Thursday, 8 November 2018
A Nightmare on Elm Street 4: The Dream Master
Considering the Elm Street series is built on the idea of a disfigured nonce entering children's dreams to murder them, it's no surprise that the films have an elastic relationship with reality. Victims slip in and out of the dream realm to be prodded and abused by Robert Englund's increasingly flamboyant boogieman, while clairvoyant teens are able to build themselves super-identities out of the damned spirits haunting these planes. Formula firmly in place, A Nightmare on Elm Street 4: The Dream Master rambles around with a new set of young adults, mechanically embedding character specific dangers before callously offing them with bravura make-up effects.
The Dream Master's attempts to play with the Elm Street recipe are a mixed bag. Showing unwilling allies forcibly hurled into REM sleep to placate a psychic's night terrors neatly combines the anxiety of sequel survivors with a refresher on the forces opposing crispy Fred. That the film rushes to mangle these A Nightmare on Elm Street 3: Dream Warriors leftovers (Patricia Arquette's steely psychic Kristen Parker is reduced to a one-note shrieker by her replacement Tuesday Knight) with very little ceremony leaves large sections of the film circling the drain. Eventually Dream Master settles on Lisa Wilcox's Alice, a lucid dreamer well-placed to turn the tables on Krueger.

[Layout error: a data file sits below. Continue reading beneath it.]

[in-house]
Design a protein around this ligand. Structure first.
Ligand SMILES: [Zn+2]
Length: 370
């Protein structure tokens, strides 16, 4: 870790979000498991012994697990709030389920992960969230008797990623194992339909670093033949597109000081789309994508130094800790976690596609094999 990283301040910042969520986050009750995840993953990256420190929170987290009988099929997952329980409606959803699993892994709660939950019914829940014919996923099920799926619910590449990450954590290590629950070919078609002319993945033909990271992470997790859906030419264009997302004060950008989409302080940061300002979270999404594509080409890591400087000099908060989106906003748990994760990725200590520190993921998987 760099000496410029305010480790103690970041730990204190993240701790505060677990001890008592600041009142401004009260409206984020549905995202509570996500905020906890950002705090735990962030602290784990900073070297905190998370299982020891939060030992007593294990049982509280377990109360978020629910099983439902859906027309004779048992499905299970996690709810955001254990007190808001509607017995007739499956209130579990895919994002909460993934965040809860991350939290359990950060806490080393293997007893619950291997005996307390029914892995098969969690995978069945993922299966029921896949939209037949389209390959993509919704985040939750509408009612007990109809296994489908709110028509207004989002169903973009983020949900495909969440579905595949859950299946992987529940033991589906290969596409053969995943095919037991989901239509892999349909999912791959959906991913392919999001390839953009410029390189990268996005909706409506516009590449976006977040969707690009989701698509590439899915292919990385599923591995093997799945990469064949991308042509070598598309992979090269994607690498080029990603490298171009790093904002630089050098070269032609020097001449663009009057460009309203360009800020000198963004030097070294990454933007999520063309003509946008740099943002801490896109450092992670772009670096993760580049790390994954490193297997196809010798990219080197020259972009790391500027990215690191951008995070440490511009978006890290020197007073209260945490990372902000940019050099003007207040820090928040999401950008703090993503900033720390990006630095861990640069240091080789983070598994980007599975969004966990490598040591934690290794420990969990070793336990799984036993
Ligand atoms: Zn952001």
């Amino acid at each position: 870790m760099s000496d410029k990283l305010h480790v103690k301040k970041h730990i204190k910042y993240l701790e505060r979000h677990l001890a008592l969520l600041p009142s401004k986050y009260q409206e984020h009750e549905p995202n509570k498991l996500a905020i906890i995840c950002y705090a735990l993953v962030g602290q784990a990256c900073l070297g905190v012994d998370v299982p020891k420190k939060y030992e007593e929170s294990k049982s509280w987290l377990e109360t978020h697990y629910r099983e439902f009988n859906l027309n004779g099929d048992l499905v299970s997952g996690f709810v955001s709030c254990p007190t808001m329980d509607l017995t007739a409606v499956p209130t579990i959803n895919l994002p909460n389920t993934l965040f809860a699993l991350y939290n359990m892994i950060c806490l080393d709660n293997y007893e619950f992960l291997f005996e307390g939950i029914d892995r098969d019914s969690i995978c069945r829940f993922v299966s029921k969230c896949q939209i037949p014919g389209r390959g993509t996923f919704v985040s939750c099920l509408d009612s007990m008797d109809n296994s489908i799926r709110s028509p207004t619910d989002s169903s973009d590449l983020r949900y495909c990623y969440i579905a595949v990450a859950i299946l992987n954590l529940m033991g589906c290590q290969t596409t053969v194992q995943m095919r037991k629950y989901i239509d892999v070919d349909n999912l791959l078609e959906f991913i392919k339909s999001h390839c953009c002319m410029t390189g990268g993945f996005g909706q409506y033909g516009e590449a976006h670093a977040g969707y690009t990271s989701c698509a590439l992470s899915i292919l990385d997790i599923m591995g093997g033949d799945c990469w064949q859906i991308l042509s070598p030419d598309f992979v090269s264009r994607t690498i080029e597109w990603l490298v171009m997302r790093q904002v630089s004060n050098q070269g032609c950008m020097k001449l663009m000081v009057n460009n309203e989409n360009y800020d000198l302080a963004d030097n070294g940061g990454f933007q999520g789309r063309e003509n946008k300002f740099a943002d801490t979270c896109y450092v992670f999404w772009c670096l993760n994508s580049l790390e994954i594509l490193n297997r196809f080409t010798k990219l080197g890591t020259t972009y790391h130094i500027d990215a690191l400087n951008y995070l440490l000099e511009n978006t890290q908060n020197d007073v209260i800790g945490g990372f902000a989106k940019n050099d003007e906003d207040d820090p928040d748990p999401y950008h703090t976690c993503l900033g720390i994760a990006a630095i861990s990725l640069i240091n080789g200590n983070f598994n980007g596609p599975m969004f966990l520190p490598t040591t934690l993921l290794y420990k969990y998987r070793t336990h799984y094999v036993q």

Alice daydreams through the difficulties of her waking life, be that plucking up the courage to tell the school hunk how she feels about him or putting a drunken, abusive father in his place. Her blips of directed unreality invite another sense of uncertainty into the film, promising a variety of attack that never quite comes together. Although it's expected that scenes will bubble along with the looping chaos of nighttime fantasy, Renny Harlin's film dwells on the method and delivery of Freddy's assaults to the exclusion of anything else. By extending the murders, so the audience can luxuriate in the special effects, Dream Master trades shocks for revulsion, using Kreuger not as terrifying spectre but the wisecracking MC walking us through the latest prosthetic showcase. This imbalance is compounded by the gentleness and general likeability of Fred's newest victims. These young girls aren't attacking him or each other, they're just kids getting on with their lives. Their slaughter therefore registers as mean-spirited or, in at least one case, outright repulsive.